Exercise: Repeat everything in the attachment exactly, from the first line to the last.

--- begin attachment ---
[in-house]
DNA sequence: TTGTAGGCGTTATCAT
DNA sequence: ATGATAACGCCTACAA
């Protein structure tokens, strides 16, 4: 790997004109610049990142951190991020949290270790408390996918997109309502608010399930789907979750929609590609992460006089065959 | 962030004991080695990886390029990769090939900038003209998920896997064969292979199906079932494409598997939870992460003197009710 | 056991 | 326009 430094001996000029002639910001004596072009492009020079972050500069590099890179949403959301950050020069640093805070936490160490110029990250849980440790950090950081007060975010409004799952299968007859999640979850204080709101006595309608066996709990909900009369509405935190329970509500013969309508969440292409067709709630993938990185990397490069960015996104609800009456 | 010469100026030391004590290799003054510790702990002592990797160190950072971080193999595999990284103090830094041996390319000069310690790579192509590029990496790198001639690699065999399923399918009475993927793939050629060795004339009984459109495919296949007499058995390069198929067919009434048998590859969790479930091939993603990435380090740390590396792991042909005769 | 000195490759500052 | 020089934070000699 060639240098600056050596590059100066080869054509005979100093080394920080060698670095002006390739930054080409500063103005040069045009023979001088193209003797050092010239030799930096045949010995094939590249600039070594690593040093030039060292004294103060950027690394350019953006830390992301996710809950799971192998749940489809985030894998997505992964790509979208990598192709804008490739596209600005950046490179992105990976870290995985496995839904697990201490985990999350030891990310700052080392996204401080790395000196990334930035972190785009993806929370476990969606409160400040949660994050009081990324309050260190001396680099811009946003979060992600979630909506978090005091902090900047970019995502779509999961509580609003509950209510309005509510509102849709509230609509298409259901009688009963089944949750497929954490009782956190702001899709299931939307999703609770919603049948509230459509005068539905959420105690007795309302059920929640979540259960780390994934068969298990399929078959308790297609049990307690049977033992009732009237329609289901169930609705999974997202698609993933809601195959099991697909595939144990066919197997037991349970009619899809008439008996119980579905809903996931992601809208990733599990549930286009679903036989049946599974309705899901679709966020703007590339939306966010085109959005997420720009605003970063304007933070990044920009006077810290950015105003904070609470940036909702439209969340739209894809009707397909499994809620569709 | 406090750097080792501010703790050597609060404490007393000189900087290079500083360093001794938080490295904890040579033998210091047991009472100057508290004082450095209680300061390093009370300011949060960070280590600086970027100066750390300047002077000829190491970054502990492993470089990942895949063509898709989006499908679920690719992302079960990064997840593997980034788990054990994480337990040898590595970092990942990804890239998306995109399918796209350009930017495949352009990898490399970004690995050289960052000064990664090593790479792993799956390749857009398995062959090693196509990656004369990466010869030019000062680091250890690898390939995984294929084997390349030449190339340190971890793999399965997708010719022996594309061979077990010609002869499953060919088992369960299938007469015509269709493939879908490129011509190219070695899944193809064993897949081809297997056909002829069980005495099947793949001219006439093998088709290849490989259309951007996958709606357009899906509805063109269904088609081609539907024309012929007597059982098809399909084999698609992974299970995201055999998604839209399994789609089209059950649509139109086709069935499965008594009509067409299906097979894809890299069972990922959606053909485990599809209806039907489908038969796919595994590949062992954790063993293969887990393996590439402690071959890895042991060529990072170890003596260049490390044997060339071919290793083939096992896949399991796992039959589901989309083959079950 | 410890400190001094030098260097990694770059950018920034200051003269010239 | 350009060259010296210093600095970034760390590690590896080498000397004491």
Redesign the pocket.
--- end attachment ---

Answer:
[in-house]
DNA sequence: TTGTAGGCGTTATCAT
DNA sequence: ATGATAACGCCTACAA
């Protein structure tokens, strides 16, 4: 790997004109610049990142951190991020949290270790408390996918997109309502608010399930789907979750929609590609992460006089065959 | 962030004991080695990886390029990769090939900038003209998920896997064969292979199906079932494409598997939870992460003197009710 | 056991 | 326009 430094001996000029002639910001004596072009492009020079972050500069590099890179949403959301950050020069640093805070936490160490110029990250849980440790950090950081007060975010409004799952299968007859999640979850204080709101006595309608066996709990909900009369509405935190329970509500013969309508969440292409067709709630993938990185990397490069960015996104609800009456 | 010469100026030391004590290799003054510790702990002592990797160190950072971080193999595999990284103090830094041996390319000069310690790579192509590029990496790198001639690699065999399923399918009475993927793939050629060795004339009984459109495919296949007499058995390069198929067919009434048998590859969790479930091939993603990435380090740390590396792991042909005769 | 000195490759500052 | 020089934070000699 060639240098600056050596590059100066080869054509005979100093080394920080060698670095002006390739930054080409500063103005040069045009023979001088193209003797050092010239030799930096045949010995094939590249600039070594690593040093030039060292004294103060950027690394350019953006830390992301996710809950799971192998749940489809985030894998997505992964790509979208990598192709804008490739596209600005950046490179992105990976870290995985496995839904697990201490985990999350030891990310700052080392996204401080790395000196990334930035972190785009993806929370476990969606409160400040949660994050009081990324309050260190001396680099811009946003979060992600979630909506978090005091902090900047970019995502779509999961509580609003509950209510309005509510509102849709509230609509298409259901009688009963089944949750497929954490009782956190702001899709299931939307999703609770919603049948509230459509005068539905959420105690007795309302059920929640979540259960780390994934068969298990399929078959308790297609049990307690049977033992009732009237329609289901169930609705999974997202698609993933809601195959099991697909595939144990066919197997037991349970009619899809008439008996119980579905809903996931992601809208990733599990549930286009679903036989049946599974309705899901679709966020703007590339939306966010085109959005997420720009605003970063304007933070990044920009006077810290950015105003904070609470940036909702439209969340739209894809009707397909499994809620569709 | 406090750097080792501010703790050597609060404490007393000189900087290079500083360093001794938080490295904890040579033998210091047991009472100057508290004082450095209680300061390093009370300011949060960070280590600086970027100066750390300047002077000829190491970054502990492993470089990942895949063509898709989006499908679920690719992302079960990064997840593997980034788990054990994480337990040898590595970092990942990804890239998306995109399918796209350009930017495949352009990898490399970004690995050289960052000064990664090593790479792993799956390749857009398995062959090693196509990656004369990466010869030019000062680091250890690898390939995984294929084997390349030449190339340190971890793999399965997708010719022996594309061979077990010609002869499953060919088992369960299938007469015509269709493939879908490129011509190219070695899944193809064993897949081809297997056909002829069980005495099947793949001219006439093998088709290849490989259309951007996958709606357009899906509805063109269904088609081609539907024309012929007597059982098809399909084999698609992974299970995201055999998604839209399994789609089209059950649509139109086709069935499965008594009509067409299906097979894809890299069972990922959606053909485990599809209806039907489908038969796919595994590949062992954790063993293969887990393996590439402690071959890895042991060529990072170890003596260049490390044997060339071919290793083939096992896949399991796992039959589901989309083959079950 | 410890400190001094030098260097990694770059950018920034200051003269010239 | 350009060259010296210093600095970034760390590690590896080498000397004491």
Redesign the pocket.